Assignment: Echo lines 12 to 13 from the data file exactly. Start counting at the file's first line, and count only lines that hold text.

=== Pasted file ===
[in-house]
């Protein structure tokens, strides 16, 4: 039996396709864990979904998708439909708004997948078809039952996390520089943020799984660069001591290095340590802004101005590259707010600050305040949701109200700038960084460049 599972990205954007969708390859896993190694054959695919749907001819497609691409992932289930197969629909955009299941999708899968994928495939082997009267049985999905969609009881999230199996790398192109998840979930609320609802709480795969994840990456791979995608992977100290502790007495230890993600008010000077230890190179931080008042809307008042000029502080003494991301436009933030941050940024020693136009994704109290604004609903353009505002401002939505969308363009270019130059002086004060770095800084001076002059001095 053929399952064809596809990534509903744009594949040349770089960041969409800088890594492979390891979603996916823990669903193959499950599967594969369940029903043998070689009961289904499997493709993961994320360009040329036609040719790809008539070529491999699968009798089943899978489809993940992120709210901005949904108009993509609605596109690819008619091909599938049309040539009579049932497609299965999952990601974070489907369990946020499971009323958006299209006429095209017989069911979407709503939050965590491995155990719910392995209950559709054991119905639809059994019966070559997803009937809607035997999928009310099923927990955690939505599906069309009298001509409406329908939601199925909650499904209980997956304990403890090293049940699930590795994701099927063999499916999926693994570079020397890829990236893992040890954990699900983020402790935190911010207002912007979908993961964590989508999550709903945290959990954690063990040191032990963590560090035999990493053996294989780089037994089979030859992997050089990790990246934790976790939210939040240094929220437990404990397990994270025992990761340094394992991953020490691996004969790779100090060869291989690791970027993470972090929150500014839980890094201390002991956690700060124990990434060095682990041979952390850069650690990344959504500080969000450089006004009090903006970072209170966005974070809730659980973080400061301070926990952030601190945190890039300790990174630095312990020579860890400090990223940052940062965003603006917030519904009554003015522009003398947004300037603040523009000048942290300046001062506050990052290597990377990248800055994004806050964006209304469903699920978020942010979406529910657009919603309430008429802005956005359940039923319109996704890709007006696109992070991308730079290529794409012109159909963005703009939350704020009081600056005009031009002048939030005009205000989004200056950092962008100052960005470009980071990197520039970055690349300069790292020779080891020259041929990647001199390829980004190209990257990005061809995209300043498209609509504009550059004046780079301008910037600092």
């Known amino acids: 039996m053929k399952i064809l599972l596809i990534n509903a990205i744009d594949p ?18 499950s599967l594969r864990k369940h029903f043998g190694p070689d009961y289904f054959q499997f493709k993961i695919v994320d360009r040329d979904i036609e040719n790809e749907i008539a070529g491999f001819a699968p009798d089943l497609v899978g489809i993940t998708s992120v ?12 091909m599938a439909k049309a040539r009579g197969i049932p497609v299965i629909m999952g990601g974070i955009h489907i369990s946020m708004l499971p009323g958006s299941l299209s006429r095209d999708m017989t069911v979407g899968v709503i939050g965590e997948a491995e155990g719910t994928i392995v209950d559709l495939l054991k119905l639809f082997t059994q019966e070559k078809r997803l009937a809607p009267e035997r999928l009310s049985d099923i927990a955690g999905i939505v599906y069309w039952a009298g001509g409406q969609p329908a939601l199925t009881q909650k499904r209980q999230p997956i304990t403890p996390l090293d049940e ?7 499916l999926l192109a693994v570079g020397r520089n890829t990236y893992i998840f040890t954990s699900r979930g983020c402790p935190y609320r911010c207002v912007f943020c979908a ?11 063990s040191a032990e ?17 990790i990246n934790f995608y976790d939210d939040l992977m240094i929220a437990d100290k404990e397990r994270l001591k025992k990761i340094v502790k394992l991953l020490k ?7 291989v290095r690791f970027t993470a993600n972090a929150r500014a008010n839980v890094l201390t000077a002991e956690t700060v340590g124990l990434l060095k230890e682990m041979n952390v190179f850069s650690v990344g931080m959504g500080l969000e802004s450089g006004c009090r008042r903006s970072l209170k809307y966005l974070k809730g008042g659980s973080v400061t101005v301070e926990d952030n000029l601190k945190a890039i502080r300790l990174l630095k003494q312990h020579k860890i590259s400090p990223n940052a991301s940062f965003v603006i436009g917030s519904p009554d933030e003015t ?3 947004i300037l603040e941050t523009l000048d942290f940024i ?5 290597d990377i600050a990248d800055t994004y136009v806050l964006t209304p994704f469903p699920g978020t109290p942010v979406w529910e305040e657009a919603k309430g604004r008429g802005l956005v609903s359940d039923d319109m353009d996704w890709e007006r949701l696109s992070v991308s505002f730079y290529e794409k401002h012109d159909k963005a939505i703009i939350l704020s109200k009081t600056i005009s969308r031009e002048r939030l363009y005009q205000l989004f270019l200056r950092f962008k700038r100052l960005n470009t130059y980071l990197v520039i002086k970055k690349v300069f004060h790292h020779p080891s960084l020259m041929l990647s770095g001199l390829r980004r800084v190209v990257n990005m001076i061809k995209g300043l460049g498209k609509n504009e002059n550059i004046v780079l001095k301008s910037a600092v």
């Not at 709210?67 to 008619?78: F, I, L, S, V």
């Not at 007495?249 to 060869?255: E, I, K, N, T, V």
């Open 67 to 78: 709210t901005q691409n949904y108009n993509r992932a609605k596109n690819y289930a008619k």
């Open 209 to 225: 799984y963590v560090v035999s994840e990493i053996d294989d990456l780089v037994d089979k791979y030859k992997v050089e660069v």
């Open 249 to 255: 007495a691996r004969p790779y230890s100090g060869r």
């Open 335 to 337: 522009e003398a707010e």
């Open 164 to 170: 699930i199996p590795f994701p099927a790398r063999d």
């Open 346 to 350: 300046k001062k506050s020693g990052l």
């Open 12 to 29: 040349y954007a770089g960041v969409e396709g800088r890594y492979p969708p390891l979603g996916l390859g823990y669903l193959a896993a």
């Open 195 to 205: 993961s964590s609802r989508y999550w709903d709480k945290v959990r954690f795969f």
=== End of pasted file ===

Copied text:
């Open 12 to 29: 040349y954007a770089g960041v969409e396709g800088r890594y492979p969708p390891l979603g996916l390859g823990y669903l193959a896993a």
């Open 195 to 205: 993961s964590s609802r989508y999550w709903d709480k945290v959990r954690f795969f």